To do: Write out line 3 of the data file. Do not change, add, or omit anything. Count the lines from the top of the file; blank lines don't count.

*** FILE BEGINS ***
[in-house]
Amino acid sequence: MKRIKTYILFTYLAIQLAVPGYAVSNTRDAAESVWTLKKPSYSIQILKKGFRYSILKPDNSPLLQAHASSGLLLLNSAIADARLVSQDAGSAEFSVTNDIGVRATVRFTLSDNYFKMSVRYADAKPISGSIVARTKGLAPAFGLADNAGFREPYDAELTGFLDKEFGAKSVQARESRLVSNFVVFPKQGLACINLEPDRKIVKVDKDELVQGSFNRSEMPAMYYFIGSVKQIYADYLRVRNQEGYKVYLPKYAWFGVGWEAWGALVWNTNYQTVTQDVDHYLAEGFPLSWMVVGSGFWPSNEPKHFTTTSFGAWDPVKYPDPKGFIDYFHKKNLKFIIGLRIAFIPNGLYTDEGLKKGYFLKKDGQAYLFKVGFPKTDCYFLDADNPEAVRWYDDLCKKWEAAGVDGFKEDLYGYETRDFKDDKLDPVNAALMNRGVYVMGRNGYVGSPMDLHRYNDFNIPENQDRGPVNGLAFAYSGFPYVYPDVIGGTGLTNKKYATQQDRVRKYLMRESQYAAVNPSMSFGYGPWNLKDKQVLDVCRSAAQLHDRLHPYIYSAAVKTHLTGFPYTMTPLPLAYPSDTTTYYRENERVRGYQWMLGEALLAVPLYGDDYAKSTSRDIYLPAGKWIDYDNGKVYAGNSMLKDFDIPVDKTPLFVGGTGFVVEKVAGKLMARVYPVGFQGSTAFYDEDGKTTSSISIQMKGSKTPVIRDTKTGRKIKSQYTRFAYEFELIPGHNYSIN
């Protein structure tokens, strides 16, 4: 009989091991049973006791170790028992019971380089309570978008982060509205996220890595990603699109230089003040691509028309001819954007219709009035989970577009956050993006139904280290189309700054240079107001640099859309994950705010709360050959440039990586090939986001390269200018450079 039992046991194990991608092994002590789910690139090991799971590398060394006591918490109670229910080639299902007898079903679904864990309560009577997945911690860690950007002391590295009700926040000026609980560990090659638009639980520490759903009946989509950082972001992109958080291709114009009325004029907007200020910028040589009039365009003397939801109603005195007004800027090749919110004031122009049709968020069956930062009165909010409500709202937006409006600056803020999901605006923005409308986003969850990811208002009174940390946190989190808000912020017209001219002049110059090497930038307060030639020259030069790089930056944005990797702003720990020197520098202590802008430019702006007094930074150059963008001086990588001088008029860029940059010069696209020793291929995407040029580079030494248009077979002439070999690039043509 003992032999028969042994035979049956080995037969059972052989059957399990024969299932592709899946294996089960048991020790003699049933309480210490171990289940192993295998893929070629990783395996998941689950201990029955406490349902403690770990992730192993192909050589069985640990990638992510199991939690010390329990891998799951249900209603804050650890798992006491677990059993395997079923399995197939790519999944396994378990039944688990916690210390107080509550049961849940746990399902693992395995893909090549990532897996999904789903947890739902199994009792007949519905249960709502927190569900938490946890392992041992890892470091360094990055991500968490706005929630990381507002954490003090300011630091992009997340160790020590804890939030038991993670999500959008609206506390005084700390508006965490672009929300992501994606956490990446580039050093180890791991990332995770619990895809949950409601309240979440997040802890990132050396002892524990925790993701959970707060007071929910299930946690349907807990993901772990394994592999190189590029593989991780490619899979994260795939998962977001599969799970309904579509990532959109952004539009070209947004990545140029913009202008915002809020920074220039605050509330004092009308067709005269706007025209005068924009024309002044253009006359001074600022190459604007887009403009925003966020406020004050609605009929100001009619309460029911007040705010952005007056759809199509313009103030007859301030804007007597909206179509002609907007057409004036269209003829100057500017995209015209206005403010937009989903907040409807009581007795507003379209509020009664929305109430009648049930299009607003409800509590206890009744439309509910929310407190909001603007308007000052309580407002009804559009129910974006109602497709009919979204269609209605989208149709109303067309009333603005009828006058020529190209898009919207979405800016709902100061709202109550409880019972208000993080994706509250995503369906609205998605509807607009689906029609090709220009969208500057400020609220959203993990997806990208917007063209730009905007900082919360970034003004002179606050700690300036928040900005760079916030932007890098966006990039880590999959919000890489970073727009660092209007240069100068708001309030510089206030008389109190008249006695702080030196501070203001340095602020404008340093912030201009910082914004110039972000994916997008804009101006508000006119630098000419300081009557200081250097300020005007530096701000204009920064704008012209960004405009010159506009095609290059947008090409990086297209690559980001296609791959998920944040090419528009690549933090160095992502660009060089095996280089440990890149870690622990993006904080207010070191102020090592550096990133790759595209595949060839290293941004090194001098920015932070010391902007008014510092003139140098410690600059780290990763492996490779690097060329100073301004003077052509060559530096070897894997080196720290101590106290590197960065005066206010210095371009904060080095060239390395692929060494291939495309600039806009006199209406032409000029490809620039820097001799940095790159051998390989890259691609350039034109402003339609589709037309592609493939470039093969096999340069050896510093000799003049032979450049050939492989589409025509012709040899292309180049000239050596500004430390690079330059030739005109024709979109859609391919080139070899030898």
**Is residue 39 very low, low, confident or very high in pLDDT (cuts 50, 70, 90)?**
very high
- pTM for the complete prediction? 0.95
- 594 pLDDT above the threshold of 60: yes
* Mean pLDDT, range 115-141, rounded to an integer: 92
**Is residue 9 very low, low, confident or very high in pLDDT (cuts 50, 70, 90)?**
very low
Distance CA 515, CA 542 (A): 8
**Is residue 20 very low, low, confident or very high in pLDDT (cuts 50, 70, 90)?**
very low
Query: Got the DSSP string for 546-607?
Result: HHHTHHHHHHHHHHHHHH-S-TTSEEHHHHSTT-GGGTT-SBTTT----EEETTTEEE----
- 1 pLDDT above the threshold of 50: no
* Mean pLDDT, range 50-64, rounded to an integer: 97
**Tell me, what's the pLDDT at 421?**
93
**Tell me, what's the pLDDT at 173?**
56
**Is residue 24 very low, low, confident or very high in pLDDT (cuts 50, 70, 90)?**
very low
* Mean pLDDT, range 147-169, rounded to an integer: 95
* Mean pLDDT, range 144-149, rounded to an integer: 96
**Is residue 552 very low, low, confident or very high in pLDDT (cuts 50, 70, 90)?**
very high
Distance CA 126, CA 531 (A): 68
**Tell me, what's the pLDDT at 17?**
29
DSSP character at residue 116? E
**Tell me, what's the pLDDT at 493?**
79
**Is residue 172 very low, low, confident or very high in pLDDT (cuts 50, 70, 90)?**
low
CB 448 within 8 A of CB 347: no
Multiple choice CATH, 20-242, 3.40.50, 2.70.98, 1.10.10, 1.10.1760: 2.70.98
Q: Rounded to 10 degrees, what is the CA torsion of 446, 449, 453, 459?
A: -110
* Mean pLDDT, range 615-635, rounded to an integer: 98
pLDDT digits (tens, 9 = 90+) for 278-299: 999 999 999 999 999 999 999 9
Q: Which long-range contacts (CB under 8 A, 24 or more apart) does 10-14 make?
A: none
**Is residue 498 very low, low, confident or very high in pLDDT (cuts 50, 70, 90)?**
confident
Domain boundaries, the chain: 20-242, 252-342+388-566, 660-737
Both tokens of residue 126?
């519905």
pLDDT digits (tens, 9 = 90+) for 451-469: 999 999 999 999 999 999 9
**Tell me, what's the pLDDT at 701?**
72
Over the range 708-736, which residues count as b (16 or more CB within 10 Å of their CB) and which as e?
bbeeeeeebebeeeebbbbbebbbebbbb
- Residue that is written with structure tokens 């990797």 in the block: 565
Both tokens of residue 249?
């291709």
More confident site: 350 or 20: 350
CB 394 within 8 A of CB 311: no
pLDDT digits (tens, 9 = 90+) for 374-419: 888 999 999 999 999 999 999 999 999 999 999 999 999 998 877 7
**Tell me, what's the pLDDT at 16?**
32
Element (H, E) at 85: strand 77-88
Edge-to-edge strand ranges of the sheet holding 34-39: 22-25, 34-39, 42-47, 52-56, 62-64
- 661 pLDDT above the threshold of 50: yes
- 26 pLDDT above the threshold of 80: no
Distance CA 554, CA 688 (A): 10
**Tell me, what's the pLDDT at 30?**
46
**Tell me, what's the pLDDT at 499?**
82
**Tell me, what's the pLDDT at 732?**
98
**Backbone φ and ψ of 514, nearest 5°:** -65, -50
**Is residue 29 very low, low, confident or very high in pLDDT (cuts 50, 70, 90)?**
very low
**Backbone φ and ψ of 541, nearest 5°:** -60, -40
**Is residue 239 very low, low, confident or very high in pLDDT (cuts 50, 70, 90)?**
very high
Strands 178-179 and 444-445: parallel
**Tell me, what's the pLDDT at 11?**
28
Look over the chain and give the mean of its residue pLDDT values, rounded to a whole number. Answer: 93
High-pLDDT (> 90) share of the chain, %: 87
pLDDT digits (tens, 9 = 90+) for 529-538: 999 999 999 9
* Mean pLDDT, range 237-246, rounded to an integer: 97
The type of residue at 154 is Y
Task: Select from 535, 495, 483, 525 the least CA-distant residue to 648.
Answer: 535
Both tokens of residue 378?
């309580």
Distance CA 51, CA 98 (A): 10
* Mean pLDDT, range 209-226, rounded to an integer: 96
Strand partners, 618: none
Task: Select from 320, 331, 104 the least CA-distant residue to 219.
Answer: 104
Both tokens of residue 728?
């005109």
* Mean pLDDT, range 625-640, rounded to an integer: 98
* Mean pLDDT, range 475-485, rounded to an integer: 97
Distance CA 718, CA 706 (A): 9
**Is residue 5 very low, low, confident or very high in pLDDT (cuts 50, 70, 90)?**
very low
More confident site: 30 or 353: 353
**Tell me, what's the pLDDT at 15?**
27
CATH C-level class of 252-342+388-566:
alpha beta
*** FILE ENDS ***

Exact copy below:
């Protein structure tokens, strides 16, 4: 009989091991049973006791170790028992019971380089309570978008982060509205996220890595990603699109230089003040691509028309001819954007219709009035989970577009956050993006139904280290189309700054240079107001640099859309994950705010709360050959440039990586090939986001390269200018450079 039992046991194990991608092994002590789910690139090991799971590398060394006591918490109670229910080639299902007898079903679904864990309560009577997945911690860690950007002391590295009700926040000026609980560990090659638009639980520490759903009946989509950082972001992109958080291709114009009325004029907007200020910028040589009039365009003397939801109603005195007004800027090749919110004031122009049709968020069956930062009165909010409500709202937006409006600056803020999901605006923005409308986003969850990811208002009174940390946190989190808000912020017209001219002049110059090497930038307060030639020259030069790089930056944005990797702003720990020197520098202590802008430019702006007094930074150059963008001086990588001088008029860029940059010069696209020793291929995407040029580079030494248009077979002439070999690039043509 003992032999028969042994035979049956080995037969059972052989059957399990024969299932592709899946294996089960048991020790003699049933309480210490171990289940192993295998893929070629990783395996998941689950201990029955406490349902403690770990992730192993192909050589069985640990990638992510199991939690010390329990891998799951249900209603804050650890798992006491677990059993395997079923399995197939790519999944396994378990039944688990916690210390107080509550049961849940746990399902693992395995893909090549990532897996999904789903947890739902199994009792007949519905249960709502927190569900938490946890392992041992890892470091360094990055991500968490706005929630990381507002954490003090300011630091992009997340160790020590804890939030038991993670999500959008609206506390005084700390508006965490672009929300992501994606956490990446580039050093180890791991990332995770619990895809949950409601309240979440997040802890990132050396002892524990925790993701959970707060007071929910299930946690349907807990993901772990394994592999190189590029593989991780490619899979994260795939998962977001599969799970309904579509990532959109952004539009070209947004990545140029913009202008915002809020920074220039605050509330004092009308067709005269706007025209005068924009024309002044253009006359001074600022190459604007887009403009925003966020406020004050609605009929100001009619309460029911007040705010952005007056759809199509313009103030007859301030804007007597909206179509002609907007057409004036269209003829100057500017995209015209206005403010937009989903907040409807009581007795507003379209509020009664929305109430009648049930299009607003409800509590206890009744439309509910929310407190909001603007308007000052309580407002009804559009129910974006109602497709009919979204269609209605989208149709109303067309009333603005009828006058020529190209898009919207979405800016709902100061709202109550409880019972208000993080994706509250995503369906609205998605509807607009689906029609090709220009969208500057400020609220959203993990997806990208917007063209730009905007900082919360970034003004002179606050700690300036928040900005760079916030932007890098966006990039880590999959919000890489970073727009660092209007240069100068708001309030510089206030008389109190008249006695702080030196501070203001340095602020404008340093912030201009910082914004110039972000994916997008804009101006508000006119630098000419300081009557200081250097300020005007530096701000204009920064704008012209960004405009010159506009095609290059947008090409990086297209690559980001296609791959998920944040090419528009690549933090160095992502660009060089095996280089440990890149870690622990993006904080207010070191102020090592550096990133790759595209595949060839290293941004090194001098920015932070010391902007008014510092003139140098410690600059780290990763492996490779690097060329100073301004003077052509060559530096070897894997080196720290101590106290590197960065005066206010210095371009904060080095060239390395692929060494291939495309600039806009006199209406032409000029490809620039820097001799940095790159051998390989890259691609350039034109402003339609589709037309592609493939470039093969096999340069050896510093000799003049032979450049050939492989589409025509012709040899292309180049000239050596500004430390690079330059030739005109024709979109859609391919080139070899030898």